Balanced Budget Rules Work Only if Strictly Interpreted and Enforced
...permanent deficit reductions occurred only when there were permanent cuts in spending rather than increases in taxation.
The "Excessive Deficit Procedure" of the Maastricht Treaty on Economic and Monetary Union (EMU) requires that a country's overall budget deficit for each fiscal year be less than or equal to 3 percent of its GDP, and that its gross public debt be less than or equal to 60 percent of its GDP. In Do Balanced Budget Rules Work? The U.S. Experience and Possible Lessons for the EMU (NBER Working Paper No. 5838), NBER Research Associate Robert Inman concludes that the effectiveness of these EMU constraints is in doubt. He bases his conclusion on evidence from balanced budget rules (BBRs) that restrict the fiscal policy of U.S. states. States with tough, well-enforced rules have substantially lower deficits or higher surpluses than states with looser rules, he finds.
In particular, Inman finds that four things matter for BBRs to be effective. First, effective deficit constraints must require a balanced budget at the end of the fiscal year, not just in prospect at the beginning. Such a constraint is imposed with a "no-carryover" provision: states are not allowed to carry over a deficit from one fiscal year to another, but must raise taxes or reduce spending within the fiscal year to prevent a deficit from emerging. (Enforcement of the no-carryover rule will allow small, "good faith" deficits in years of extreme, but temporary, fiscal stress.) Inman reports that the presence of a no-carryover BBR during the years 1970 to 1991 reduced state deficits or increased surpluses by an average of $100 per resident, or approximately 6 percent of the average state's budget of $1,700 per resident. The additional $100 per resident was allocated to the state's rainy day fund (about $80/resident), to paying back previously accumulated rolled-over short-term debt (about $15/resident), and to new capital investment (about $5/resident). Furthermore, all else equal, a no-carryover BBR reduced the probability that a state would have a deficit at the end of a fiscal year from one in four to one in ten. Almost all of the estimated effect on the deficit was caused by restraint on current account spending rather than by increases in taxes. Inman notes that this is consistent with the experience of countries that belong to the Organization for Economic Cooperation and Development: permanent deficit reductions occurred only when there were permanent cuts in spending rather than increases in taxation. Finally, the no-carryover constraint was not met by various budget tricks, such as postponing other financial obligations or reducing asset accumulation, for example in employee pensions or insurance trust funds. Inman suggests that this is because these other accounts typically are protected by their own balanced-budget rules.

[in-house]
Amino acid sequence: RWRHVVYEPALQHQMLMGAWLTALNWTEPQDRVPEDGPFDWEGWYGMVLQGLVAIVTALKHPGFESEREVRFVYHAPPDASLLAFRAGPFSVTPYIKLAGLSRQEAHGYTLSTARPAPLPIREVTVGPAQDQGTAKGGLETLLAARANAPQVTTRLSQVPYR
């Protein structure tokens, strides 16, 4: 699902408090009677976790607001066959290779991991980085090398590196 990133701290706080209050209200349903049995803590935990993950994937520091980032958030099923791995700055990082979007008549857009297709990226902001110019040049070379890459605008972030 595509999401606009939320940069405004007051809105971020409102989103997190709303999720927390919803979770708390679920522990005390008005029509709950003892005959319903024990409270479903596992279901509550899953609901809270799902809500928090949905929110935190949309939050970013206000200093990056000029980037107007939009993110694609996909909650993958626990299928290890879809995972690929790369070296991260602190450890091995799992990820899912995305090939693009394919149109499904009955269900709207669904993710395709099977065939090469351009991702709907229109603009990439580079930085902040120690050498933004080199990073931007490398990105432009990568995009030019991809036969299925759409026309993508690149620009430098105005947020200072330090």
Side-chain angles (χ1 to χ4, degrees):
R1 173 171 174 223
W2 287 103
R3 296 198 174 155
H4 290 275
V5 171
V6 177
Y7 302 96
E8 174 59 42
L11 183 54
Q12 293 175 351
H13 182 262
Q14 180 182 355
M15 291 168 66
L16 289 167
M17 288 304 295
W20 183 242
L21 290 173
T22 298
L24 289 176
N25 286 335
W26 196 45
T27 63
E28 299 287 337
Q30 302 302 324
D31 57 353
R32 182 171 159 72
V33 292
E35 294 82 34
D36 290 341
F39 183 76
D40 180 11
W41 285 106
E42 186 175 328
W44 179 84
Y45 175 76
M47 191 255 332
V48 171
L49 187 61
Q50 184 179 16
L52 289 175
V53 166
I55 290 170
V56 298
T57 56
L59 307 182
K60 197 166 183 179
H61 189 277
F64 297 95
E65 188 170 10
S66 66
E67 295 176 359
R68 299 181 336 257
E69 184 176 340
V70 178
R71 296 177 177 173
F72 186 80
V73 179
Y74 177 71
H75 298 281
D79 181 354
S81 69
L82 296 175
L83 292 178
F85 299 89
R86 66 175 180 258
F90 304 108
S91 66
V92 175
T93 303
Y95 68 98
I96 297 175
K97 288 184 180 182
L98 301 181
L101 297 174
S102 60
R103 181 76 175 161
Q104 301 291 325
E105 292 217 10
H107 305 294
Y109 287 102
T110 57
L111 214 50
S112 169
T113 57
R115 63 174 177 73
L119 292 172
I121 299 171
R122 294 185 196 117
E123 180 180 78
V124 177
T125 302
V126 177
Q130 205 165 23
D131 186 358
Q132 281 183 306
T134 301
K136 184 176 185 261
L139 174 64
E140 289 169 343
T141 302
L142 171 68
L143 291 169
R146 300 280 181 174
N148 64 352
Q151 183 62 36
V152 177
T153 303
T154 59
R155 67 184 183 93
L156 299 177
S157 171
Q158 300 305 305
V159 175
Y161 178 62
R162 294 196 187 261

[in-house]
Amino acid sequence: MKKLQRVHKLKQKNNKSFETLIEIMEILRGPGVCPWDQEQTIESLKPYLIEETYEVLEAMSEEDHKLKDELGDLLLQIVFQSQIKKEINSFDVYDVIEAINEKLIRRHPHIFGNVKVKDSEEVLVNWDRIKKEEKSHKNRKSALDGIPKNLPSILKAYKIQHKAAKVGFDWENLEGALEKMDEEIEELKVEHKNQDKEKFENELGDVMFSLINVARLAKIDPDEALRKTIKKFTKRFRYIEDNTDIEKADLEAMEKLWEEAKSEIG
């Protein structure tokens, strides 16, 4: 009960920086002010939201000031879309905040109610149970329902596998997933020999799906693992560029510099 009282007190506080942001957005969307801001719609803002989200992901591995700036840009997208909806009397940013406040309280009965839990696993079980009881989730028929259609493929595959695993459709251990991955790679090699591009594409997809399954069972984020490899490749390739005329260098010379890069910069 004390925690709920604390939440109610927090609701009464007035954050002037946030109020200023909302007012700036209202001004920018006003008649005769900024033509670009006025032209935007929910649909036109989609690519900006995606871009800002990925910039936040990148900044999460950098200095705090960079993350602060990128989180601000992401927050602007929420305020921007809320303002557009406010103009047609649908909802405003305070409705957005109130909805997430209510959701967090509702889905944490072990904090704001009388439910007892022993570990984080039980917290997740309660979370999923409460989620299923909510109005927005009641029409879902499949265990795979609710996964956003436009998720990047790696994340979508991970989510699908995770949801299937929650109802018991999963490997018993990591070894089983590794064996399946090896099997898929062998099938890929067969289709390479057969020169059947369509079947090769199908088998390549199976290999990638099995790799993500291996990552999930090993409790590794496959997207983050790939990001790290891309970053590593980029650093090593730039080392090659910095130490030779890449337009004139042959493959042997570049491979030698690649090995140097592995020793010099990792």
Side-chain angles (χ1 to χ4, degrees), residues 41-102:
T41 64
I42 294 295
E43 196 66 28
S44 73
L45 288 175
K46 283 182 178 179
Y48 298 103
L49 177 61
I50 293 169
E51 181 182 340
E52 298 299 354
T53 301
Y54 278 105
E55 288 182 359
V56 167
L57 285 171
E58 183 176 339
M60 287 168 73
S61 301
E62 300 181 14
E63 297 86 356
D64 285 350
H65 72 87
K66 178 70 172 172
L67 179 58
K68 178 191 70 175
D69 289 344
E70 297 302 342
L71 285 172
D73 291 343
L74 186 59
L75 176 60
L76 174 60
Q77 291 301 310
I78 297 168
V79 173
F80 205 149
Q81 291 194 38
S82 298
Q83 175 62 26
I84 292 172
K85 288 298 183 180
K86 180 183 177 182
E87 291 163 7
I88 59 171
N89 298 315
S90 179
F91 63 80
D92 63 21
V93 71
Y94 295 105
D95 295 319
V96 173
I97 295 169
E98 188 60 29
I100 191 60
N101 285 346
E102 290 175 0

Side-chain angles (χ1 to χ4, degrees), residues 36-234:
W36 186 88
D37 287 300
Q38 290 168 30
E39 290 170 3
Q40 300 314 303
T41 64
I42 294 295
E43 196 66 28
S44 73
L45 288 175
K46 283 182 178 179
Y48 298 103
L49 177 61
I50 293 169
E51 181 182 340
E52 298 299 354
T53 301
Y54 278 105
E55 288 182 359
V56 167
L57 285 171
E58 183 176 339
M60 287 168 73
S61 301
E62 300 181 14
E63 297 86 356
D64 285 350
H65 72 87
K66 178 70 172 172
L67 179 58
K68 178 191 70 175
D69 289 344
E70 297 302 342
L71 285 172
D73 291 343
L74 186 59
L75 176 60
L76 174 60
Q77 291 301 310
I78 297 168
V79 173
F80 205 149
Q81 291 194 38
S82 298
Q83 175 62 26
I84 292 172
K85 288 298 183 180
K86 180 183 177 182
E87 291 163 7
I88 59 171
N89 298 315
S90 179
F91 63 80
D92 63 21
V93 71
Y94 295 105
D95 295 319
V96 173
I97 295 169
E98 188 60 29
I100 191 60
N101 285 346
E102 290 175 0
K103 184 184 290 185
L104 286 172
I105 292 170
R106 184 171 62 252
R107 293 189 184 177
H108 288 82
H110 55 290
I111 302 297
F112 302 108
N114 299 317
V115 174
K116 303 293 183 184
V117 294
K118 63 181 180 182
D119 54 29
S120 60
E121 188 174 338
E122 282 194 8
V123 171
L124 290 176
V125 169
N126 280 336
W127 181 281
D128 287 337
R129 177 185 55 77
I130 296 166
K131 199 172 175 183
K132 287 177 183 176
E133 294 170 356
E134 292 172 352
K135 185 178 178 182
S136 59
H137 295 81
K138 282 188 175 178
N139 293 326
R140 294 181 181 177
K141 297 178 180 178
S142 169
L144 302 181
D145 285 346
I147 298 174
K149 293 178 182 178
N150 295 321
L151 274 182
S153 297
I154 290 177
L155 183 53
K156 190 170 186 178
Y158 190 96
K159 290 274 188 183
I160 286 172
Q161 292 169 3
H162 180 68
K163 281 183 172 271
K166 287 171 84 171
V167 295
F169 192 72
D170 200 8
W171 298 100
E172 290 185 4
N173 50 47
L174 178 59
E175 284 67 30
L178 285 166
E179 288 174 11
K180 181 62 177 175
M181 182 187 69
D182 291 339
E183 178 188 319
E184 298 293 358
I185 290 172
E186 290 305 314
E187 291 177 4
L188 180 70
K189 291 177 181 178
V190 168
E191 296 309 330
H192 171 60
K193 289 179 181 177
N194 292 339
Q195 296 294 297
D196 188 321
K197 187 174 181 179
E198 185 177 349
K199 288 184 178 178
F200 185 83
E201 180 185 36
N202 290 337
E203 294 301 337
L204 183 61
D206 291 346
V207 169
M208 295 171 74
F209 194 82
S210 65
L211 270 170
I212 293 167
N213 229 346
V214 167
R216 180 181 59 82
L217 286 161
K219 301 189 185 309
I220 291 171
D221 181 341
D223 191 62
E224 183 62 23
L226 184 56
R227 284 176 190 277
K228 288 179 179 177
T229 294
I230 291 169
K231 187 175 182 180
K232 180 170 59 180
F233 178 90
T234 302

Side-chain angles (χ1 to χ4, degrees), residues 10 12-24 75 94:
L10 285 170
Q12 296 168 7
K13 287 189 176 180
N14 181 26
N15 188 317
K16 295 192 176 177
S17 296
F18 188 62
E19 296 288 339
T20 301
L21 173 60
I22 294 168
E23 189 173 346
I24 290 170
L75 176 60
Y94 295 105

The second requirement for effective constraints on deficits is that the BBRs be grounded constitutionally rather than merely based on statutes. This makes sense: legislatures easily can change statutes, while constitutions are much more difficult to amend. Though the estimate is more tentative, Inman reports that states with constitutionally grounded no-carryover rules had surpluses that were $55/resident higher on average than states with statutorily based rules. The third factor that matters is how the BBR is enforced. In 36 states with no-carryover rules, the supreme court is the enforcer. In the 15 of those states whose supreme courts are appointed by the state's legislature or governor, surpluses were smaller, or deficits were larger, by an average of $96/resident than in the 21 states whose supreme court is elected directly by voters. In other words, the more independent from current budgetary politics is the enforcer, the more effective is the balanced budget rule. Fourth, the BBR must be difficult to amend.
Current EMU balanced budget requirements do not meet all four requirements for a strong BBR. Because the EMU's BBRs can be changed only with a change in the Maastricht Treaty, they certainly are difficult to amend. But enforcement is weak. The European Commission enforces the rules and is allowed wide latitude in deciding if a country's deficit violates the 3 percent rule; the European Court of Justice is prohibited explicitly from reviewing violations of debt and deficit rules. Also, penalties on countries that violate the guidelines are weak. Although the European Investment Bank may withhold funds, only a few EU countries receive significant funding from the Bank. Right now, the EMU's excessive deficit procedures appear to lack the institutional foundations necessary to serve as a truly effective balanced budget rule.